When the race was on to create the smallest efficient bot, there were many contenders that appeared simultaneously.
What was remarkable was that they all had - or could be redefined with - the same basic structure: just four lines of active code.
For me, the HaikuBots were a revelation of beauty - poetry in robocode form. I had really good fun writing some of them.
Please vote below: Are lines like:
ahead((fireBullet(3) == null)?1:1)*100);
to be allowed in HaikuBots? Is it an imaginative way to reduce lines, or is it cheating? Please vote:
|Allow them||Disallow them|
To make it easier to keep track I'd rather we put our names in the appropriate column, as I've done. Whoever put the '1' down could probably change that or add their name and increment the top counter. I think that it's a reasonable way to push the limit of haikus, similarly to all the codesize tricks you find in minis/micros/nanos. I would agree that it's cheating if it allowed significantly more code into a haiku, but that's not really the case, other than fireBullet() I believe all the 'do something' methods in Robocode (setXxx(), their equivalent blocking calls, execute(), waitFor(), etc) return void, and such a method can't be embedded in this fashion in java. -- Kuuran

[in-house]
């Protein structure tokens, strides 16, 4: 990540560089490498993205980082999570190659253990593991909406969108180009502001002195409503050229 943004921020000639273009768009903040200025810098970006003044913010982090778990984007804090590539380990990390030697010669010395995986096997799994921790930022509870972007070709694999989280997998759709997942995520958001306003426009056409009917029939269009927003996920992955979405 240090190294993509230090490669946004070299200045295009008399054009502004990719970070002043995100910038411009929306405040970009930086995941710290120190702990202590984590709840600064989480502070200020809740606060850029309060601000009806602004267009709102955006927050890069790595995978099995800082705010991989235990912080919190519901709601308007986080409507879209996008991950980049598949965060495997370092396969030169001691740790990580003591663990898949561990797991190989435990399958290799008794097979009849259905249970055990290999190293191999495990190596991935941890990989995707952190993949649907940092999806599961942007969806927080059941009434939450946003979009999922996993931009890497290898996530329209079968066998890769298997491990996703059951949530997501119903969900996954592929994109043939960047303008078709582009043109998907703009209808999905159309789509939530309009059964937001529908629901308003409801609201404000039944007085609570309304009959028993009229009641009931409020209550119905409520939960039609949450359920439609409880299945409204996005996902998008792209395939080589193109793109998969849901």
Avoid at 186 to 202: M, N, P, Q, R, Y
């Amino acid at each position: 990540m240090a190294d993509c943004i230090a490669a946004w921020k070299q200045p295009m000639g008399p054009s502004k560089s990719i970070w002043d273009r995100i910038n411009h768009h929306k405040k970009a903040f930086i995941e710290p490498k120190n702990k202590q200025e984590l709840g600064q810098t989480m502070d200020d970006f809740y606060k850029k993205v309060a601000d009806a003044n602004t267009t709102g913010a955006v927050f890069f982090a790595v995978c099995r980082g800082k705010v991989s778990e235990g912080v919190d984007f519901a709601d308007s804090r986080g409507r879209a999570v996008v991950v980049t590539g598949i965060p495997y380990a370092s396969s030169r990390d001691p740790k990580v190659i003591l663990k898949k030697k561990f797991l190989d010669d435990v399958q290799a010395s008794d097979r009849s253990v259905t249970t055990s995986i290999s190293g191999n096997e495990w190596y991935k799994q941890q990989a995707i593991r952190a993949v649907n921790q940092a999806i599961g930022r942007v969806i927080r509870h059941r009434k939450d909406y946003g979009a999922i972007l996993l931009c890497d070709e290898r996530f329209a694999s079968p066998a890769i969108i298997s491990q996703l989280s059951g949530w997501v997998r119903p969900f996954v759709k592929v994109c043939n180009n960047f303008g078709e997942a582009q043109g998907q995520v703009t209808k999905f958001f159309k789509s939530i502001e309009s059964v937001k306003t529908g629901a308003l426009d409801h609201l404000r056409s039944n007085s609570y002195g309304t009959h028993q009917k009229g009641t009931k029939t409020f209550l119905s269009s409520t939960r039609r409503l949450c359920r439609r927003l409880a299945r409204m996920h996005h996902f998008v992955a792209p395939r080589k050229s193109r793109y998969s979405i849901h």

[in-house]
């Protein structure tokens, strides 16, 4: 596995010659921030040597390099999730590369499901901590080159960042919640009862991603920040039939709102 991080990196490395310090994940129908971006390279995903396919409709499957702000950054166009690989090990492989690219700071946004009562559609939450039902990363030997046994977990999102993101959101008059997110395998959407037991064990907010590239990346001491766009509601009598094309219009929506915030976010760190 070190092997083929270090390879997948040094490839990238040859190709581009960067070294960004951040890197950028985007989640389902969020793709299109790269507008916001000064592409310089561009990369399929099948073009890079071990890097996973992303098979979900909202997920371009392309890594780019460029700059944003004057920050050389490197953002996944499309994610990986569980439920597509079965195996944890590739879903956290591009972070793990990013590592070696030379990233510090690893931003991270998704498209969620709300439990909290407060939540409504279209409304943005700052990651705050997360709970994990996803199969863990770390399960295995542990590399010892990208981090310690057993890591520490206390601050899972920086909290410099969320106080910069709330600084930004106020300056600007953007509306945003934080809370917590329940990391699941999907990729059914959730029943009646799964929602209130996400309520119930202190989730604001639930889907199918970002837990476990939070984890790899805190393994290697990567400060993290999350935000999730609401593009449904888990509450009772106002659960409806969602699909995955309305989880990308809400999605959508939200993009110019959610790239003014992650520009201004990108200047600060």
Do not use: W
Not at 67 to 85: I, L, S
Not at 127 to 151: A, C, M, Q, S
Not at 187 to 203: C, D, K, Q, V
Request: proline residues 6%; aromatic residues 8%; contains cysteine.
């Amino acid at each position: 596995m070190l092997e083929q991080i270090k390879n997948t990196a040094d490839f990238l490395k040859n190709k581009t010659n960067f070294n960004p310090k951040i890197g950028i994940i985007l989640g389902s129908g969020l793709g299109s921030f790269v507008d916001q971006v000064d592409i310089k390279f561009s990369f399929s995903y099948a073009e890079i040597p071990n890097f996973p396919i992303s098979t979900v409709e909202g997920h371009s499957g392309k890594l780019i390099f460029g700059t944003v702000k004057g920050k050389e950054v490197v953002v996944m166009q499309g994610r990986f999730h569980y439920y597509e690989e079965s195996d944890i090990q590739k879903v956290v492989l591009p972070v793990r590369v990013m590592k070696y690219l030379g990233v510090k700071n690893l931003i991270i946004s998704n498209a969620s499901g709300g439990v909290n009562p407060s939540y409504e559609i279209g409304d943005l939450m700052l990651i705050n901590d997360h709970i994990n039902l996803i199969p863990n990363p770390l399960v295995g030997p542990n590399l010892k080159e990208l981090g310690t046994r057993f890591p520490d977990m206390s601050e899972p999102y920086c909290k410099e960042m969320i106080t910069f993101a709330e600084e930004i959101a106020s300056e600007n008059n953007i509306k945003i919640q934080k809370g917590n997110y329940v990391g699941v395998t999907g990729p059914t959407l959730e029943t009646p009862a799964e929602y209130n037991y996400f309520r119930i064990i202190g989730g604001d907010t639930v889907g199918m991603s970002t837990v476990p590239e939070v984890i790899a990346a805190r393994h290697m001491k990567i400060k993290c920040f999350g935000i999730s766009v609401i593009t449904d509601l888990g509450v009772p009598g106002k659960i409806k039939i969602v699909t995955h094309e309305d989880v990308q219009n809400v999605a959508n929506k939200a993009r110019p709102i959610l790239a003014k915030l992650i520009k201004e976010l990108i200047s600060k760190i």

The one was put by me, in the wrong collumn. I've fixed that now. -- Tango
What about lines like:
ahead((angleLog[getTime()] = e.getHeading()) == angleLog[getTime()] ? 20 : 20);
ahead(20 + (angleLog[getTime()] = e.getHeading()) - angleLog[getTime()]);
I think you see where I'm going with this... -- Simonton
My AG haiku bot is done! It loses to half the samples, but it works and it definitly has something resembling anti-gravity. I'm sure this bot might do decently well in a haiku-bot 1 on 1 match (as the anti-gravity isn't complex enough for multiple opponents). What I want to see someone do now is to make a wave-surfing haikubot. -- Chase-san